2. Make Things Easy to Search and to Find — Allow the user to recognize elements of interest. Build good navigation, with consideration for the hierarchy of the knowledge base. If the users can’t recognize elements of interest right off the bat, build robust search options. Your goal is to make the user’s journey from point A to point B fast and painless. 

3. Curate, Simplify and Iterate! — Empathize, shave the unnecessary, test, reiterate. Repeat.

empathy graph







Let’s talk a bit about how to achieve each step.

1. Build Empathy for Your Users


Think of it as you would design a children’s park: First, you would want to know who uses the rides: is it for public use, is it for a kindergarten, who comes there, who stops where, when and why, etc. Then you would want to design the rides accordingly, to foster the adult-child relationship or focus on collaborative activities between children. It’s the same with a forum:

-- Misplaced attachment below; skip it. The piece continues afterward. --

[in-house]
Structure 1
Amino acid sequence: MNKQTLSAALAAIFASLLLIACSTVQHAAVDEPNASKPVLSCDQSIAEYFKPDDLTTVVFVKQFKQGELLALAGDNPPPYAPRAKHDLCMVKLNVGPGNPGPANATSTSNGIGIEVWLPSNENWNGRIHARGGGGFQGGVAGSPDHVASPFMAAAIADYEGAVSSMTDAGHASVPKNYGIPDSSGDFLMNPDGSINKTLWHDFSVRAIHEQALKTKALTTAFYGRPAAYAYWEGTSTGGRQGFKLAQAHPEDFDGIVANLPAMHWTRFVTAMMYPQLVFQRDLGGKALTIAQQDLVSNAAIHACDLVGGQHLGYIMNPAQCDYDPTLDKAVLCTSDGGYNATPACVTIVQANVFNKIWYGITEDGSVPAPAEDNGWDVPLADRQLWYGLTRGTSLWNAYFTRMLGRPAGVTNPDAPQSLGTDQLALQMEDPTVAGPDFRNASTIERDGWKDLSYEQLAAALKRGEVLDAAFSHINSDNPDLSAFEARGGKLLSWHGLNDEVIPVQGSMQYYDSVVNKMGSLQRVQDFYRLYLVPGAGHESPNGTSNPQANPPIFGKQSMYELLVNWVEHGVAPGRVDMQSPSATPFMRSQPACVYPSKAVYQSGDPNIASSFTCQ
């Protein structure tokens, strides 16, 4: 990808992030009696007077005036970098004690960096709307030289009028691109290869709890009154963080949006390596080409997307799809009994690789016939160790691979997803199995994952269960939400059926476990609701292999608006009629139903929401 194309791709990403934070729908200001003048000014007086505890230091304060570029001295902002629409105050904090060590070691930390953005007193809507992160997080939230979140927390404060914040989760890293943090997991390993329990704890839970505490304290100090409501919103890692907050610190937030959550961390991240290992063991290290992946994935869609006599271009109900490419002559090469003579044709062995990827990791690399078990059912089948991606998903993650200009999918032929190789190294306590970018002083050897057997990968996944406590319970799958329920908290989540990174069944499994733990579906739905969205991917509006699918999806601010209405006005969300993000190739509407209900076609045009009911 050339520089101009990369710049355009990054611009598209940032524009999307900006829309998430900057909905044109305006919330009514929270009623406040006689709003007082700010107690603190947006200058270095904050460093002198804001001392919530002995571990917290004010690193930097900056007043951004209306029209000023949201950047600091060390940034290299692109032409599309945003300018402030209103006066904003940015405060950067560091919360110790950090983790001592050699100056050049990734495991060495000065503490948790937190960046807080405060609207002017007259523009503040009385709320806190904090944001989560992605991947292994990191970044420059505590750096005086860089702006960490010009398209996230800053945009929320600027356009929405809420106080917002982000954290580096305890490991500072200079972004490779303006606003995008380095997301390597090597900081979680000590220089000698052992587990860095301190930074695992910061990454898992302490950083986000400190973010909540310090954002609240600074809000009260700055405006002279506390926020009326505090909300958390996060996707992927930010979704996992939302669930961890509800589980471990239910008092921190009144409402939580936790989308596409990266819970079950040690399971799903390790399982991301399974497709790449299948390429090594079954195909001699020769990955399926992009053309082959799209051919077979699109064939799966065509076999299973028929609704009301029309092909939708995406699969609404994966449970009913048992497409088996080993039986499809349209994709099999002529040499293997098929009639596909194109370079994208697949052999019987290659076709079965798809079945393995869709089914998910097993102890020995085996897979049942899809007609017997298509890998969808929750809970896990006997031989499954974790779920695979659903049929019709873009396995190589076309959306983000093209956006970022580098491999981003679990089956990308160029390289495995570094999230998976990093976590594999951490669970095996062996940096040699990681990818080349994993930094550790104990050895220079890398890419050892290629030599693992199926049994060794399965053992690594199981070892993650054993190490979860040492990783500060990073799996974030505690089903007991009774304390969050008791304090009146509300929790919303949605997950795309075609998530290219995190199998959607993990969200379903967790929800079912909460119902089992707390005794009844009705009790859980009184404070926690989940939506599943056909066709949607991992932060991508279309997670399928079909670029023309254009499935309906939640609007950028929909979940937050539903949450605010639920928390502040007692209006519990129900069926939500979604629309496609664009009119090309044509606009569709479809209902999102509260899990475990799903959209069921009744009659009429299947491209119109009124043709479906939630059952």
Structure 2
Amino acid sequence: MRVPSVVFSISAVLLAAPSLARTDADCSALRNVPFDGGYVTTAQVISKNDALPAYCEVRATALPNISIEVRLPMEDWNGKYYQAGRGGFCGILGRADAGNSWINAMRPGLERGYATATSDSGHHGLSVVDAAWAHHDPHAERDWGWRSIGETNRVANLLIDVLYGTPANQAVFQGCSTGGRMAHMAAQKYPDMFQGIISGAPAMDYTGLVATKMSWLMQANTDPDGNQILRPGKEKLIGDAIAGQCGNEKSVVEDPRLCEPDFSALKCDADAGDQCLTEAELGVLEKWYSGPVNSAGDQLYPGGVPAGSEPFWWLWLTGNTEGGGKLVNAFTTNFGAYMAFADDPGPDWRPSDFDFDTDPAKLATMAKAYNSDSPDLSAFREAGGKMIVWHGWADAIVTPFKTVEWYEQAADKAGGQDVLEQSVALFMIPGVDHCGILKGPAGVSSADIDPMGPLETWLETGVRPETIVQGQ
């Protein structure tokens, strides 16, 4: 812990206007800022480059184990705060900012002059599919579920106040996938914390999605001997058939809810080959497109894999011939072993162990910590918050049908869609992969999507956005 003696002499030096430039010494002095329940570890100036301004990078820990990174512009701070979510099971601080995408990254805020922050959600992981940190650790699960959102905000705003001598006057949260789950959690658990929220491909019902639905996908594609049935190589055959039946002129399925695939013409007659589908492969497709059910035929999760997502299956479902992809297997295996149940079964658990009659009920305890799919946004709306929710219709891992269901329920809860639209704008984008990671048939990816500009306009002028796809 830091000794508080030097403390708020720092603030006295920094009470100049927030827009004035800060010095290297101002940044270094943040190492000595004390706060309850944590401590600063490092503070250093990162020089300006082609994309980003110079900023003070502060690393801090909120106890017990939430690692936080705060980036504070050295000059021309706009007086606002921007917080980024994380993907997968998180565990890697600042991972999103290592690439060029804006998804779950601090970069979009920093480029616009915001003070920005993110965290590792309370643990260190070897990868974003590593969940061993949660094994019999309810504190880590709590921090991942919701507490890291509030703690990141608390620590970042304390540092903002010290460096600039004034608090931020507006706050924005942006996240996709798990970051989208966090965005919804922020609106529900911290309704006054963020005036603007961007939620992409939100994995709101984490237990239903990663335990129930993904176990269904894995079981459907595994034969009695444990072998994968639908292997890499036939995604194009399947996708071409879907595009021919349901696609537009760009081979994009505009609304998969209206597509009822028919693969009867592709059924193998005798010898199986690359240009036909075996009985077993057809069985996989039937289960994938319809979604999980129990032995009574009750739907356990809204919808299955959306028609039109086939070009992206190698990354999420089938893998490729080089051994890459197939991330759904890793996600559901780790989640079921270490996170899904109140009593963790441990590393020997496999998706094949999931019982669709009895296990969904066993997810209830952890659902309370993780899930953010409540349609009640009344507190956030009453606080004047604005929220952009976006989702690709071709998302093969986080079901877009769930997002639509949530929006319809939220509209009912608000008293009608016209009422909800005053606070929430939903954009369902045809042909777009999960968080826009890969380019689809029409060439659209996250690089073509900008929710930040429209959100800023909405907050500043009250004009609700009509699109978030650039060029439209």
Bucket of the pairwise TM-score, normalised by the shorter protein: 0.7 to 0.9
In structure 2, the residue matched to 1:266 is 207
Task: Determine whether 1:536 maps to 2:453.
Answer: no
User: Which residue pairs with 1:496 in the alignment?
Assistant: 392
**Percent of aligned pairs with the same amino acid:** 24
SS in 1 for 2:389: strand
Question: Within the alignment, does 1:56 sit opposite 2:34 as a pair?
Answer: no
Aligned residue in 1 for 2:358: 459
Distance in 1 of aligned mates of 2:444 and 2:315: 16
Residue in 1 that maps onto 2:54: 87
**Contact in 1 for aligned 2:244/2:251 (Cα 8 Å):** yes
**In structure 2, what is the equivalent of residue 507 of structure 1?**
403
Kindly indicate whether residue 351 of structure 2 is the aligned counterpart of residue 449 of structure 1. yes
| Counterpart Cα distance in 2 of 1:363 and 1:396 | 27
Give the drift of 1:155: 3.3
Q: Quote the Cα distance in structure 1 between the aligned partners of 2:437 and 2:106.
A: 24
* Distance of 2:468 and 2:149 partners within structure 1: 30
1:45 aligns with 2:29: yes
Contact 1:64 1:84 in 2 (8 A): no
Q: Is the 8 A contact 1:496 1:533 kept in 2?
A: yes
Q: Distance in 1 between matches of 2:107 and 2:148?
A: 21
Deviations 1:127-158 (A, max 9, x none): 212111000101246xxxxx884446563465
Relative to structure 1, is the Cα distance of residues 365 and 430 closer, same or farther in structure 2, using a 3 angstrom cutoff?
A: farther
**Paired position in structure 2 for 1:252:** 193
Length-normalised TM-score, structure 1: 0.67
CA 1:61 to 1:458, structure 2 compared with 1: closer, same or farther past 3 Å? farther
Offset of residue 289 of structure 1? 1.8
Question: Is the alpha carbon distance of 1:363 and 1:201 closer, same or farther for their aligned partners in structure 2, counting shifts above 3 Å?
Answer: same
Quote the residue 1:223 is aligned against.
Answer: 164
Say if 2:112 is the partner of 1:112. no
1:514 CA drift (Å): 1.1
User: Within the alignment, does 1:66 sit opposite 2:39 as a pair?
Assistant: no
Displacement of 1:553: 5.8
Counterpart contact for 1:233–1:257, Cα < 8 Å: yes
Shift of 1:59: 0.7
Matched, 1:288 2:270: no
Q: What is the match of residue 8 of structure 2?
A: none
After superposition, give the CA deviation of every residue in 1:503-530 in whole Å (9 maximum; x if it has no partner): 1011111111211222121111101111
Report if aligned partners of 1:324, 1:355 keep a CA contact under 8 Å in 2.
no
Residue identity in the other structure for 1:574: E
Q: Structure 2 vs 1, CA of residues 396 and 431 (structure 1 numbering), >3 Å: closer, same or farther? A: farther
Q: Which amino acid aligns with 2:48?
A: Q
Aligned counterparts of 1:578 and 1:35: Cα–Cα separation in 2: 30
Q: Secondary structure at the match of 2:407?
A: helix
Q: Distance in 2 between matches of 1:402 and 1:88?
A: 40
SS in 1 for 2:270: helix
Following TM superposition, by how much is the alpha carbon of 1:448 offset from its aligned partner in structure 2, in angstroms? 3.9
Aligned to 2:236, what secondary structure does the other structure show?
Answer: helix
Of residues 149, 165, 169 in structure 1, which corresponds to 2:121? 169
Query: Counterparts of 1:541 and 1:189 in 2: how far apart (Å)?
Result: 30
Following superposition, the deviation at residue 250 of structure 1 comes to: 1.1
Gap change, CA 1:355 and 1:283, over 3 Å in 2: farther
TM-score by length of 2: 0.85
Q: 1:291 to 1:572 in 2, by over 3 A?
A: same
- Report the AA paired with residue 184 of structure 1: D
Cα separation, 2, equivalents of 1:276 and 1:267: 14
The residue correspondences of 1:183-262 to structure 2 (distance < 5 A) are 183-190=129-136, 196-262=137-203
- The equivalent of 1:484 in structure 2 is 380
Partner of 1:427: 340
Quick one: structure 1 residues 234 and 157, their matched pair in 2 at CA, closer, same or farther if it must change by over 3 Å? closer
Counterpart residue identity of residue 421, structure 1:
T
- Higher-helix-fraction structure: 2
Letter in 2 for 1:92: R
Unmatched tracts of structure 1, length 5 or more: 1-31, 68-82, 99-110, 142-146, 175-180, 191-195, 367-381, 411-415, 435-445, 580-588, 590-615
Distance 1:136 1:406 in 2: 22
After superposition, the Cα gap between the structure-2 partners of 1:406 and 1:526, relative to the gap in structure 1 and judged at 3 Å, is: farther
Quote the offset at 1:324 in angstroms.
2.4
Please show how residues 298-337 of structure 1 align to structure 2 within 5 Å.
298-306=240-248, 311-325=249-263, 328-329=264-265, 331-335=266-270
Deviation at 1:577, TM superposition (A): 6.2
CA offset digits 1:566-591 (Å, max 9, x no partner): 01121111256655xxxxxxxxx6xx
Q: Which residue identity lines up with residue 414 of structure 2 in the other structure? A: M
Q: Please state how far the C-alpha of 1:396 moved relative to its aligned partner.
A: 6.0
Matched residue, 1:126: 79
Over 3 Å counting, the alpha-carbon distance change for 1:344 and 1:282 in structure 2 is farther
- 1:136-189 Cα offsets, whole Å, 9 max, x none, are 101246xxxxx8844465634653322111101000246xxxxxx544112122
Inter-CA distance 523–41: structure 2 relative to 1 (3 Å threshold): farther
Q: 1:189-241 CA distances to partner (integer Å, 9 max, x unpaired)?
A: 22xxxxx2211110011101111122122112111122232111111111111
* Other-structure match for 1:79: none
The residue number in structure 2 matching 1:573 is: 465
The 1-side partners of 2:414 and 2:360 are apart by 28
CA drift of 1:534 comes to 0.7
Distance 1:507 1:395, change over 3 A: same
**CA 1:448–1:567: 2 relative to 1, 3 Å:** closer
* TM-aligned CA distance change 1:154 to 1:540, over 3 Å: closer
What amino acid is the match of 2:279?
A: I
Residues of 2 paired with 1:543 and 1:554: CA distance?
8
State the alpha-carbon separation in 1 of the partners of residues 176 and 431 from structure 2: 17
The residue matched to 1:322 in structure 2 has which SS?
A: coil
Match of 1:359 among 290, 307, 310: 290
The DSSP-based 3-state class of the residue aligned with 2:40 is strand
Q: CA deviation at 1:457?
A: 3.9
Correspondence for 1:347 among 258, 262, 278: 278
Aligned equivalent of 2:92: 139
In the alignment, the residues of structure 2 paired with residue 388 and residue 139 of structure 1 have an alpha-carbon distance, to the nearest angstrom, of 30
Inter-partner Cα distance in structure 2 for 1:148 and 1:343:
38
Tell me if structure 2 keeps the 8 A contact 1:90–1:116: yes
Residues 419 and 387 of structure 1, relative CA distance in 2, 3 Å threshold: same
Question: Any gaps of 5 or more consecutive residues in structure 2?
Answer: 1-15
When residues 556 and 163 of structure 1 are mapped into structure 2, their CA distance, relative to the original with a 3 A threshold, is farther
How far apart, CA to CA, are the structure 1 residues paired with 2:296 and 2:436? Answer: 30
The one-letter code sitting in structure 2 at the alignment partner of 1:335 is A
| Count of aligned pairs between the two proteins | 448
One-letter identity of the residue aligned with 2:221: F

Define your users, define the behaviors you want to encourage and then design accordingly.

Your goal is to trigger a sense of responsibility for sharing information and because every community is different, a subtle individualization can make for a highly-engaged forum.

To focus the objectives of your research on behaviors, ask some of these questions:

  • How do people find your forum? 
  • How do they spend their first two minutes on your forum?
  • When do they decide to register for your forum?
  • What makes them post something on the forum for the first time?
  • What makes them lurk the forum or stop posting?
  • What makes them “come back” to the forum once they’ve quit?

While I was doing a similar study on online communities, I used MindNote to visualize the primary behavioral changes around the research objectives. Here is a small section of the Mind Map that resulted: